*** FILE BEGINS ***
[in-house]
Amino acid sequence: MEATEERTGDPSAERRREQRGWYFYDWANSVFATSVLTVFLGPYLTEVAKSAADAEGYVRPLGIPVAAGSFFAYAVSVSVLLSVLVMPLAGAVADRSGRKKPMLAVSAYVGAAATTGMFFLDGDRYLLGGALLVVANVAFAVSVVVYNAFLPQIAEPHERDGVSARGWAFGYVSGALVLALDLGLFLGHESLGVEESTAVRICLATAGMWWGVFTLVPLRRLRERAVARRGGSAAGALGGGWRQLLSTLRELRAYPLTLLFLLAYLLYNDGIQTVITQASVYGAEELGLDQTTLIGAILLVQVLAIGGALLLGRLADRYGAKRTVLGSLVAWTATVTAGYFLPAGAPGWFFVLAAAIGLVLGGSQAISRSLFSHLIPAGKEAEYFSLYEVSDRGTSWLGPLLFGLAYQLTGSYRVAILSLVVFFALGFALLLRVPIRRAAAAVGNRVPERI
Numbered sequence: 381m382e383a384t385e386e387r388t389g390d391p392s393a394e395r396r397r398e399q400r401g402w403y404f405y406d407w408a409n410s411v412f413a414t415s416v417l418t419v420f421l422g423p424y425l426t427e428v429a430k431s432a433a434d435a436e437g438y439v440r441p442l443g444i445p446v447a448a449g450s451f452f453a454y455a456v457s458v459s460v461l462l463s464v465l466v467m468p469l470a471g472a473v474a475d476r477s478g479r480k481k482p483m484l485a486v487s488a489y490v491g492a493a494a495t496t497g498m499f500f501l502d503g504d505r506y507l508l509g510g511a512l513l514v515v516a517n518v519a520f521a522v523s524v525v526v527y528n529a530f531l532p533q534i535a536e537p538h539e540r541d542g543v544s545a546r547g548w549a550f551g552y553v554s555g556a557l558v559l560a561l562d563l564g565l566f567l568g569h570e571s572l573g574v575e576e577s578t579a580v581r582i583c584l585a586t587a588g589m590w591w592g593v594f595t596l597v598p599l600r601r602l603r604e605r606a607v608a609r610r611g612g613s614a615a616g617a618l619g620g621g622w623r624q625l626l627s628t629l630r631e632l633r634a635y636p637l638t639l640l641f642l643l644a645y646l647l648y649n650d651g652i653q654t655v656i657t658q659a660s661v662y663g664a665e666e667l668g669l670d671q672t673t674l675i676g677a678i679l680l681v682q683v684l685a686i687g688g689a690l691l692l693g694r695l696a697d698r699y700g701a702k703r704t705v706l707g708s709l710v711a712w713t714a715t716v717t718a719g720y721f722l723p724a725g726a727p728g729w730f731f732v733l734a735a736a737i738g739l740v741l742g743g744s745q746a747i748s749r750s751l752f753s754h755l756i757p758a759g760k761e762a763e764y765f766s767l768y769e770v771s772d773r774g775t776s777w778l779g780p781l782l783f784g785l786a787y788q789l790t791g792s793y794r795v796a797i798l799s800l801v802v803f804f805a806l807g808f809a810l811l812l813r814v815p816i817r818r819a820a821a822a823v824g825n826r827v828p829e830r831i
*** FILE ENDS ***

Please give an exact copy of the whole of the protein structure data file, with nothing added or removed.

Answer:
[in-house]
Amino acid sequence: MEATEERTGDPSAERRREQRGWYFYDWANSVFATSVLTVFLGPYLTEVAKSAADAEGYVRPLGIPVAAGSFFAYAVSVSVLLSVLVMPLAGAVADRSGRKKPMLAVSAYVGAAATTGMFFLDGDRYLLGGALLVVANVAFAVSVVVYNAFLPQIAEPHERDGVSARGWAFGYVSGALVLALDLGLFLGHESLGVEESTAVRICLATAGMWWGVFTLVPLRRLRERAVARRGGSAAGALGGGWRQLLSTLRELRAYPLTLLFLLAYLLYNDGIQTVITQASVYGAEELGLDQTTLIGAILLVQVLAIGGALLLGRLADRYGAKRTVLGSLVAWTATVTAGYFLPAGAPGWFFVLAAAIGLVLGGSQAISRSLFSHLIPAGKEAEYFSLYEVSDRGTSWLGPLLFGLAYQLTGSYRVAILSLVVFFALGFALLLRVPIRRAAAAVGNRVPERI
Numbered sequence: 381m382e383a384t385e386e387r388t389g390d391p392s393a394e395r396r397r398e399q400r401g402w403y404f405y406d407w408a409n410s411v412f413a414t415s416v417l418t419v420f421l422g423p424y425l426t427e428v429a430k431s432a433a434d435a436e437g438y439v440r441p442l443g444i445p446v447a448a449g450s451f452f453a454y455a456v457s458v459s460v461l462l463s464v465l466v467m468p469l470a471g472a473v474a475d476r477s478g479r480k481k482p483m484l485a486v487s488a489y490v491g492a493a494a495t496t497g498m499f500f501l502d503g504d505r506y507l508l509g510g511a512l513l514v515v516a517n518v519a520f521a522v523s524v525v526v527y528n529a530f531l532p533q534i535a536e537p538h539e540r541d542g543v544s545a546r547g548w549a550f551g552y553v554s555g556a557l558v559l560a561l562d563l564g565l566f567l568g569h570e571s572l573g574v575e576e577s578t579a580v581r582i583c584l585a586t587a588g589m590w591w592g593v594f595t596l597v598p599l600r601r602l603r604e605r606a607v608a609r610r611g612g613s614a615a616g617a618l619g620g621g622w623r624q625l626l627s628t629l630r631e632l633r634a635y636p637l638t639l640l641f642l643l644a645y646l647l648y649n650d651g652i653q654t655v656i657t658q659a660s661v662y663g664a665e666e667l668g669l670d671q672t673t674l675i676g677a678i679l680l681v682q683v684l685a686i687g688g689a690l691l692l693g694r695l696a697d698r699y700g701a702k703r704t705v706l707g708s709l710v711a712w713t714a715t716v717t718a719g720y721f722l723p724a725g726a727p728g729w730f731f732v733l734a735a736a737i738g739l740v741l742g743g744s745q746a747i748s749r750s751l752f753s754h755l756i757p758a759g760k761e762a763e764y765f766s767l768y769e770v771s772d773r774g775t776s777w778l779g780p781l782l783f784g785l786a787y788q789l790t791g792s793y794r795v796a797i798l799s800l801v802v803f804f805a806l807g808f809a810l811l812l813r814v815p816i817r818r819a820a821a822a823v824g825n826r827v828p829e830r831i